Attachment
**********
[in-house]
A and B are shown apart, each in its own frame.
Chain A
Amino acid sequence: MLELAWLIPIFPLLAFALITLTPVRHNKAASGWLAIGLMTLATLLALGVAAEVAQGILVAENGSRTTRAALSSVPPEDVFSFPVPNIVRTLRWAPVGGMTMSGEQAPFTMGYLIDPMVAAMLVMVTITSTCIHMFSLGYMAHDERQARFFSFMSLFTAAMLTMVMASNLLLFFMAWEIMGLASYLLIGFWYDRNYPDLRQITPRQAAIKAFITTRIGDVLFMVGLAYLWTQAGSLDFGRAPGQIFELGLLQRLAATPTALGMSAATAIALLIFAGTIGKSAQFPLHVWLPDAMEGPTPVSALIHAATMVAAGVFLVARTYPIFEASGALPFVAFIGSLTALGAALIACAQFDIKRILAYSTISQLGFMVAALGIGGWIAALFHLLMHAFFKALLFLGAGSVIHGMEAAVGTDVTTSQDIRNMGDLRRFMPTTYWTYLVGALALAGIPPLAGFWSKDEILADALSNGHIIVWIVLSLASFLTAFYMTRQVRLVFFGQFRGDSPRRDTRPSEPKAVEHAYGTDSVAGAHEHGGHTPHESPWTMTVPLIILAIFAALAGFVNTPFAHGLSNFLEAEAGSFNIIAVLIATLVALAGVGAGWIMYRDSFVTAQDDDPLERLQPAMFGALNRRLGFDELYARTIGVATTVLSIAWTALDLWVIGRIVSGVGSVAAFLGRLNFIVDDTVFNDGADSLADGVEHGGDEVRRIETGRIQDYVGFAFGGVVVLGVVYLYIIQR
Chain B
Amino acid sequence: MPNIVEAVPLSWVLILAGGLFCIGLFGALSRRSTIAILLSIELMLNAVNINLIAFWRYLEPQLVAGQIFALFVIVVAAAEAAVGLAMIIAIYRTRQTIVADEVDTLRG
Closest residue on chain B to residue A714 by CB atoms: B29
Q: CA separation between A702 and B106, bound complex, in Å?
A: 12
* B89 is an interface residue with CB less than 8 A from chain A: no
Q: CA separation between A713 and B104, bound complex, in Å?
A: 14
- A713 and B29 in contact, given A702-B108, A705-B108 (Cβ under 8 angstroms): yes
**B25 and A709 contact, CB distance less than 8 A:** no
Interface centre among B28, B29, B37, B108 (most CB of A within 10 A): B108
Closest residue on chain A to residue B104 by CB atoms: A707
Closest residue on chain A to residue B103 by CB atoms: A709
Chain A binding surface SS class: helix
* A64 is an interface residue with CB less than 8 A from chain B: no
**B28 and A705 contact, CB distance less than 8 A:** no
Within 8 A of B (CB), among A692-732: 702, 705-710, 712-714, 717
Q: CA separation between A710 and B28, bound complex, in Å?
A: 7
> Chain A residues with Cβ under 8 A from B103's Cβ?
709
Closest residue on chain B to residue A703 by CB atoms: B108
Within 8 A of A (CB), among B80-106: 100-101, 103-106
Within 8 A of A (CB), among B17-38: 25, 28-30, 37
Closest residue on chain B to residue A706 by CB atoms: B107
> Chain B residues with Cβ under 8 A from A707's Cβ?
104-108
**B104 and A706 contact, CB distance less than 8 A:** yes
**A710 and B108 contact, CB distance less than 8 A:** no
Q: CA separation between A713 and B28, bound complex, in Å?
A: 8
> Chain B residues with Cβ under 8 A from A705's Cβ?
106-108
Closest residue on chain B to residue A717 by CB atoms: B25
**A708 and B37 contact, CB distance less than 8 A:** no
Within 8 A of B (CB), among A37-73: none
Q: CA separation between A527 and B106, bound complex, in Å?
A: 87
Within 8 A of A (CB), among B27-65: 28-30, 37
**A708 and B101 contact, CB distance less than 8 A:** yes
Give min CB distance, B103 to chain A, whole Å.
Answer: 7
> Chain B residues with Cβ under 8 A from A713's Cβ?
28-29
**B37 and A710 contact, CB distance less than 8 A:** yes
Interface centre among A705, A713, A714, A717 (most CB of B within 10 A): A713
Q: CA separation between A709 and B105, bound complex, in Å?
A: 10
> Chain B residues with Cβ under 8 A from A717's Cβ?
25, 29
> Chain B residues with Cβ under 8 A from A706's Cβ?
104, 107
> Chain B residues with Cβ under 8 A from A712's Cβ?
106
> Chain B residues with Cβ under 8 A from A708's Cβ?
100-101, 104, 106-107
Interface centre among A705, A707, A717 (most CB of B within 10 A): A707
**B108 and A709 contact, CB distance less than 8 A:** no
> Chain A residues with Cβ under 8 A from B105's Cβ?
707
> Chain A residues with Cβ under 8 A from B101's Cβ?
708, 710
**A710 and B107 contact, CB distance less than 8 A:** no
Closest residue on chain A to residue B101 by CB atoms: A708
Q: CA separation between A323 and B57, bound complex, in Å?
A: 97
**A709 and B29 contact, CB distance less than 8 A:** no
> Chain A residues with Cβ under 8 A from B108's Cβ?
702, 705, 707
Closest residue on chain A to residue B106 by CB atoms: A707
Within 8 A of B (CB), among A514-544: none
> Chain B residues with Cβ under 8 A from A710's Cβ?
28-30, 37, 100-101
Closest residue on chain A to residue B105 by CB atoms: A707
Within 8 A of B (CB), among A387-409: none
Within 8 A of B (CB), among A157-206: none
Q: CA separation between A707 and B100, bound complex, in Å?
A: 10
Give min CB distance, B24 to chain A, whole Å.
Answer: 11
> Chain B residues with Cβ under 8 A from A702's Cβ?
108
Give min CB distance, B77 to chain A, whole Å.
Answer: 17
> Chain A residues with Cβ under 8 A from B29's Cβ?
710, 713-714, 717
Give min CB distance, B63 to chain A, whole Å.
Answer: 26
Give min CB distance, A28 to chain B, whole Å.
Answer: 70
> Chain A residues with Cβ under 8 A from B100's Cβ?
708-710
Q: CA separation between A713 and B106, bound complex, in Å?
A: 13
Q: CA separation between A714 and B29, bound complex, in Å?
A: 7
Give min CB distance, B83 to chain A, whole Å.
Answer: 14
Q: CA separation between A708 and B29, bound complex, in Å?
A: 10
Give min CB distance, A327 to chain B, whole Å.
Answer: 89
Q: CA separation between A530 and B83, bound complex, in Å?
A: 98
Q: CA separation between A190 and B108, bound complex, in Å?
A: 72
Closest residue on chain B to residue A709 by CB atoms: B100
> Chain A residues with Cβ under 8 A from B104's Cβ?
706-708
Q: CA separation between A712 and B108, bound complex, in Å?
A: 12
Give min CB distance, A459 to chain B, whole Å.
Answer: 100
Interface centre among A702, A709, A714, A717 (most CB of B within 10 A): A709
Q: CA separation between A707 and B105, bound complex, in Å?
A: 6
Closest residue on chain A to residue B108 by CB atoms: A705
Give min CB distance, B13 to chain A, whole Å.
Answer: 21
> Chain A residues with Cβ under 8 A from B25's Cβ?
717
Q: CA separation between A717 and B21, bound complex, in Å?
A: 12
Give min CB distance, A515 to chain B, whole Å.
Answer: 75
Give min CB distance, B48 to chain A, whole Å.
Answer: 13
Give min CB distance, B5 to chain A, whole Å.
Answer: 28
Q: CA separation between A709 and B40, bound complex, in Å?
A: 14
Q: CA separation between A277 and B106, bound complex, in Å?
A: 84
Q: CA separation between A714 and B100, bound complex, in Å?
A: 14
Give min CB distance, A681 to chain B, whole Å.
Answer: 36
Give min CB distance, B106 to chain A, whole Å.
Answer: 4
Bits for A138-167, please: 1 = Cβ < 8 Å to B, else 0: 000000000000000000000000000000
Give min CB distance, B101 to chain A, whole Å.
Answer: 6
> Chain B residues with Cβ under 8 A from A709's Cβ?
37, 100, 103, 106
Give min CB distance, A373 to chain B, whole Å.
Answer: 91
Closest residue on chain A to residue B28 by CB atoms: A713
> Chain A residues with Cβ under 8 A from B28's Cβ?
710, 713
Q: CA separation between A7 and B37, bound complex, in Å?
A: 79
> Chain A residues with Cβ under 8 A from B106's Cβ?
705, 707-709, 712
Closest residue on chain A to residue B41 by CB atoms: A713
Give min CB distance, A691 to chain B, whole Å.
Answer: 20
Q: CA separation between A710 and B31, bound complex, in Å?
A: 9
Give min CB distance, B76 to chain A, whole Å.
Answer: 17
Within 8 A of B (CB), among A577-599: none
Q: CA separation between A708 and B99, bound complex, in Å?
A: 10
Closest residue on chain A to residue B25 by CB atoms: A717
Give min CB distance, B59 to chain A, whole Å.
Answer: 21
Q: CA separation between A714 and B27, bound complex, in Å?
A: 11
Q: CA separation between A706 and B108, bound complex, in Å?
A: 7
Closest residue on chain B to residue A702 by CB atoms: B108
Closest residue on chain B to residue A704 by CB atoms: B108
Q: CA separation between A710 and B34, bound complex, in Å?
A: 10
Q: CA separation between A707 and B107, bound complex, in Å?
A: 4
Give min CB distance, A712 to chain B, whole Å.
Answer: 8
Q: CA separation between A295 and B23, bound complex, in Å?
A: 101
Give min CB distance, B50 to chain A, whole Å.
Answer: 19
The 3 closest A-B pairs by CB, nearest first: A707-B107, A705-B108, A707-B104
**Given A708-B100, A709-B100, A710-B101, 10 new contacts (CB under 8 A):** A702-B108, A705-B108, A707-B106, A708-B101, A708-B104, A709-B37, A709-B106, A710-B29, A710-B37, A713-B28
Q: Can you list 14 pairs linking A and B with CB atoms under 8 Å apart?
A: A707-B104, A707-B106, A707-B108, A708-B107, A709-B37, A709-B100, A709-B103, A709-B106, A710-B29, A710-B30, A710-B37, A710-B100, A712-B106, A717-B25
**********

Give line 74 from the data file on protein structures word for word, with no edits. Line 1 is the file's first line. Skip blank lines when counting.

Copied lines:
Closest residue on chain A to residue B106 by CB atoms: A707